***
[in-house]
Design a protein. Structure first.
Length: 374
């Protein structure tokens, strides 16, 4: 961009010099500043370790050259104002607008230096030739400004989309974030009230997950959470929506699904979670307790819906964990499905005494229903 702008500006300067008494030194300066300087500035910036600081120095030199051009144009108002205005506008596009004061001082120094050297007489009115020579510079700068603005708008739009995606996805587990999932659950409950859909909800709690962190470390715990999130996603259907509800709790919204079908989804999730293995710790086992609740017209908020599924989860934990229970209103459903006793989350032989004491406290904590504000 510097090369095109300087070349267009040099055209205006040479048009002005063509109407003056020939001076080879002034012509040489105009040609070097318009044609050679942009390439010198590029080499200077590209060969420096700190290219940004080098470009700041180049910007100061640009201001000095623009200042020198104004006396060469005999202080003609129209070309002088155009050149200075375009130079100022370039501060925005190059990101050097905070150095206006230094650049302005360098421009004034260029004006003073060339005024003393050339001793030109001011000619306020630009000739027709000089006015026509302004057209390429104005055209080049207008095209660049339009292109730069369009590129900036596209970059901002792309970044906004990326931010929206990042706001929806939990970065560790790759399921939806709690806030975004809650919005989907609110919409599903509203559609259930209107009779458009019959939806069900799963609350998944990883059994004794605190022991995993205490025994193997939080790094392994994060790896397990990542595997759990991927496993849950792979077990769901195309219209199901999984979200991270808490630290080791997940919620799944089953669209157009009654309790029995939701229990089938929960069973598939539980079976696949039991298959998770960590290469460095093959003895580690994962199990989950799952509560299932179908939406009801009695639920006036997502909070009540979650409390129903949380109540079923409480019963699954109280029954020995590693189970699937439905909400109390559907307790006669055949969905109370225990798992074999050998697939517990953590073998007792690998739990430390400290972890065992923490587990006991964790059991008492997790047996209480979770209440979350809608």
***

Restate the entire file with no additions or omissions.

[in-house]
Design a protein. Structure first.
Length: 374
């Protein structure tokens, strides 16, 4: 961009010099500043370790050259104002607008230096030739400004989309974030009230997950959470929506699904979670307790819906964990499905005494229903 702008500006300067008494030194300066300087500035910036600081120095030199051009144009108002205005506008596009004061001082120094050297007489009115020579510079700068603005708008739009995606996805587990999932659950409950859909909800709690962190470390715990999130996603259907509800709790919204079908989804999730293995710790086992609740017209908020599924989860934990229970209103459903006793989350032989004491406290904590504000 510097090369095109300087070349267009040099055209205006040479048009002005063509109407003056020939001076080879002034012509040489105009040609070097318009044609050679942009390439010198590029080499200077590209060969420096700190290219940004080098470009700041180049910007100061640009201001000095623009200042020198104004006396060469005999202080003609129209070309002088155009050149200075375009130079100022370039501060925005190059990101050097905070150095206006230094650049302005360098421009004034260029004006003073060339005024003393050339001793030109001011000619306020630009000739027709000089006015026509302004057209390429104005055209080049207008095209660049339009292109730069369009590129900036596209970059901002792309970044906004990326931010929206990042706001929806939990970065560790790759399921939806709690806030975004809650919005989907609110919409599903509203559609259930209107009779458009019959939806069900799963609350998944990883059994004794605190022991995993205490025994193997939080790094392994994060790896397990990542595997759990991927496993849950792979077990769901195309219209199901999984979200991270808490630290080791997940919620799944089953669209157009009654309790029995939701229990089938929960069973598939539980079976696949039991298959998770960590290469460095093959003895580690994962199990989950799952509560299932179908939406009801009695639920006036997502909070009540979650409390129903949380109540079923409480019963699954109280029954020995590693189970699937439905909400109390559907307790006669055949969905109370225990798992074999050998697939517990953590073998007792690998739990430390400290972890065992923490587990006991964790059991008492997790047996209480979770209440979350809608």